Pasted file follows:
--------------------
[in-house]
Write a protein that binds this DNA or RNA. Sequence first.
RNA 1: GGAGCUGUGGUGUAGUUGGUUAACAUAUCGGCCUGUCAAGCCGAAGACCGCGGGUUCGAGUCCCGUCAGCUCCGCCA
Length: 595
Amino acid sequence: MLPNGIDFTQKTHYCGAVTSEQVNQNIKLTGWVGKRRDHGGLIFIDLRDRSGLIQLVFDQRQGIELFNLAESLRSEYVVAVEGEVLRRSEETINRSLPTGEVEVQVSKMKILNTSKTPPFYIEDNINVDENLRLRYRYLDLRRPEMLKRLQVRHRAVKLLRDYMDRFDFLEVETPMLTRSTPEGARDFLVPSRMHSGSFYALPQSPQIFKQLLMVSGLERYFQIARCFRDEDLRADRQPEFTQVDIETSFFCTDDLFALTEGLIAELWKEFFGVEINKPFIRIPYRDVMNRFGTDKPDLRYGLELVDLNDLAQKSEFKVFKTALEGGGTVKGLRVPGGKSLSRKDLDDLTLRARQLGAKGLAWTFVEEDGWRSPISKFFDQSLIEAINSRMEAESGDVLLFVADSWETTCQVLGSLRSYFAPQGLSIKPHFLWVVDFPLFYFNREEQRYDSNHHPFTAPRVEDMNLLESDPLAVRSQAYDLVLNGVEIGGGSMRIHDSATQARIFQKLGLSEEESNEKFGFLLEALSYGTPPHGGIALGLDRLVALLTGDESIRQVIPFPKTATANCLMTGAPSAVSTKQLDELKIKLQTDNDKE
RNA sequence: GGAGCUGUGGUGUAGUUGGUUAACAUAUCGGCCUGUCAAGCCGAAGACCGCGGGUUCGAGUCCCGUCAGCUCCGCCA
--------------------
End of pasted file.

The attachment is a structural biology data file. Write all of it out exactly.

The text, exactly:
[in-house]
Write a protein that binds this DNA or RNA. Sequence first.
RNA 1: GGAGCUGUGGUGUAGUUGGUUAACAUAUCGGCCUGUCAAGCCGAAGACCGCGGGUUCGAGUCCCGUCAGCUCCGCCA
Length: 595
Amino acid sequence: MLPNGIDFTQKTHYCGAVTSEQVNQNIKLTGWVGKRRDHGGLIFIDLRDRSGLIQLVFDQRQGIELFNLAESLRSEYVVAVEGEVLRRSEETINRSLPTGEVEVQVSKMKILNTSKTPPFYIEDNINVDENLRLRYRYLDLRRPEMLKRLQVRHRAVKLLRDYMDRFDFLEVETPMLTRSTPEGARDFLVPSRMHSGSFYALPQSPQIFKQLLMVSGLERYFQIARCFRDEDLRADRQPEFTQVDIETSFFCTDDLFALTEGLIAELWKEFFGVEINKPFIRIPYRDVMNRFGTDKPDLRYGLELVDLNDLAQKSEFKVFKTALEGGGTVKGLRVPGGKSLSRKDLDDLTLRARQLGAKGLAWTFVEEDGWRSPISKFFDQSLIEAINSRMEAESGDVLLFVADSWETTCQVLGSLRSYFAPQGLSIKPHFLWVVDFPLFYFNREEQRYDSNHHPFTAPRVEDMNLLESDPLAVRSQAYDLVLNGVEIGGGSMRIHDSATQARIFQKLGLSEEESNEKFGFLLEALSYGTPPHGGIALGLDRLVALLTGDESIRQVIPFPKTATANCLMTGAPSAVSTKQLDELKIKLQTDNDKE
RNA sequence: GGAGCUGUGGUGUAGUUGGUUAACAUAUCGGCCUGUCAAGCCGAAGACCGCGGGUUCGAGUCCCGUCAGCUCCGCCA